Disinformation and Journalism

The news media landscape has changed dramatically over the past decades. Through digital sources, there has been a tremendous increase in the reach of journalism, social media, and public engagement. Checking for news online—whether through Google, Twitter, Facebook, major newspapers, or local media websites—has become ubiquitous, and smartphone alerts and mobile applications bring the latest developments to people instantaneously around the world.

This has placed journalism in a state of considerable instability. New digital platforms have unleashed innovative journalistic practices that enable novel forms of communication and greater global reach than at any point in human history. But on the other hand, disinformation and hoaxes that are popularly referred to as “fake news” are accelerating and affecting the way individuals interpret daily developments.

Journalists are on the frontline of the ‘fake news’ wars. As truth becomes a casualty of disinformation campaigns designed to disrupt democracies and pull down the shutters on open societies around the world, journalists must defend freedom of expression and the public’s right to know.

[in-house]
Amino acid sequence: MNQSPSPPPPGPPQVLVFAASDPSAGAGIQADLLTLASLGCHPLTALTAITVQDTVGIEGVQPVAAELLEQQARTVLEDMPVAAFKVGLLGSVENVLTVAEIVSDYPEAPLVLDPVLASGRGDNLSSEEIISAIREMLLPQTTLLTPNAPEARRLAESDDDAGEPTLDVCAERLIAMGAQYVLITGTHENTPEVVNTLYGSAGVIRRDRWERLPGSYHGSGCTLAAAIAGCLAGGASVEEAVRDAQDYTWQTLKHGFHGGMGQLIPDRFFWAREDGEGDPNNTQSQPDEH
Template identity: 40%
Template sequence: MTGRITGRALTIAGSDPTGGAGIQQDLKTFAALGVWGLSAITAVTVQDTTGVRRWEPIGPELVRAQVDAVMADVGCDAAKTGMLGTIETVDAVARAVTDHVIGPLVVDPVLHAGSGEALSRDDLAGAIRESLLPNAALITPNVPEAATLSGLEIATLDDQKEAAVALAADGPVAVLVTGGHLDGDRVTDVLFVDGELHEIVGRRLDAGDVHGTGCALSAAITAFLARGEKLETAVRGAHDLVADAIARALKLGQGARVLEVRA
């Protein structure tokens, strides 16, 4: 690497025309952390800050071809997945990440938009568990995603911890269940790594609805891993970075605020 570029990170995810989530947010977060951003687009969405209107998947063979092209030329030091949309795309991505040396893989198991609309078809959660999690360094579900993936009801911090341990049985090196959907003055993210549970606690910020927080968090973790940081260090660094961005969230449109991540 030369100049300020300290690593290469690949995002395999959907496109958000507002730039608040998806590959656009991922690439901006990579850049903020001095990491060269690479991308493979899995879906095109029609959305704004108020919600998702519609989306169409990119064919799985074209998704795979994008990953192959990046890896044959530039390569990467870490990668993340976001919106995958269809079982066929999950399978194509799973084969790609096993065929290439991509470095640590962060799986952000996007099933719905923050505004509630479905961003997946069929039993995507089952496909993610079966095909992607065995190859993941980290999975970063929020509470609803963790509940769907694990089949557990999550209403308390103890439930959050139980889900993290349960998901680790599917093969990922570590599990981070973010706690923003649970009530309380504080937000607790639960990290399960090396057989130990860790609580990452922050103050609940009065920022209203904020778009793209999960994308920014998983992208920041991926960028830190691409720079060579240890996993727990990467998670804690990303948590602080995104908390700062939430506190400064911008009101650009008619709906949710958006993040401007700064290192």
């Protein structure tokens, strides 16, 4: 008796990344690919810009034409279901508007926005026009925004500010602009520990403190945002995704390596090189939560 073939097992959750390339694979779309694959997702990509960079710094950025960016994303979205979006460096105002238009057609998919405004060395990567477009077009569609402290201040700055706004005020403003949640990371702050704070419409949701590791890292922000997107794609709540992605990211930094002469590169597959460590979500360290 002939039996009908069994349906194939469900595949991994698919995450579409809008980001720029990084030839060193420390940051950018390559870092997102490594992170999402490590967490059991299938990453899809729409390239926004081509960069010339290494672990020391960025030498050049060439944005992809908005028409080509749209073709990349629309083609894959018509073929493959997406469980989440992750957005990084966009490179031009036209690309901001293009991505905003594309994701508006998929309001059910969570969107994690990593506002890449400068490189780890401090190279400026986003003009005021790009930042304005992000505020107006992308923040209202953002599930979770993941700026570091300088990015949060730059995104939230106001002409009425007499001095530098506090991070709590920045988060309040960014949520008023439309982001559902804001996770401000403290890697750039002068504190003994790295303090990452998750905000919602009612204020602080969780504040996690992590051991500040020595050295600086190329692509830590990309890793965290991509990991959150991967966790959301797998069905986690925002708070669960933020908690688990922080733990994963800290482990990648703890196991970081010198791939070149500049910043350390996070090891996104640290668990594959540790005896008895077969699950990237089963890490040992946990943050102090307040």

Finding ways through these contemporary information challenges is of utmost importance for journalists – but more broadly its fundamental to the maintenance of open societies.

Attention is also being given to making audiences more discriminating and resilient, through empowering them with critical Media and Information Literacy competencies. These steps are also part of the solution, although they are generally of a medium-term nature.

For journalists, journalism students, and journalism educators it is mission-critical to understand the nature and magnitude of the threats and have a holistic view of the attempts to counter them.

“Fake news” and sophisticated disinformation campaigns are especially problematic in democratic systems, and there is growing debate on how to address these issues without undermining the benefits of digital media.

In order to maintain an open, democratic system, it is important that government, business, and consumers work together to solve these problems. Governments should promote news literacy and strong professional journalism in their societies. The news industry must provide high-quality journalism in order to build public trust and correct fake news and disinformation without legitimizing them. Technology companies should invest in tools that identify fake news, reduce financial incentives for those who profit from disinformation, and improve online accountability. Educational institutions should make informing people about news literacy a high priority. Finally, individuals should follow a diversity of news sources, and be skeptical of what they read and watch.

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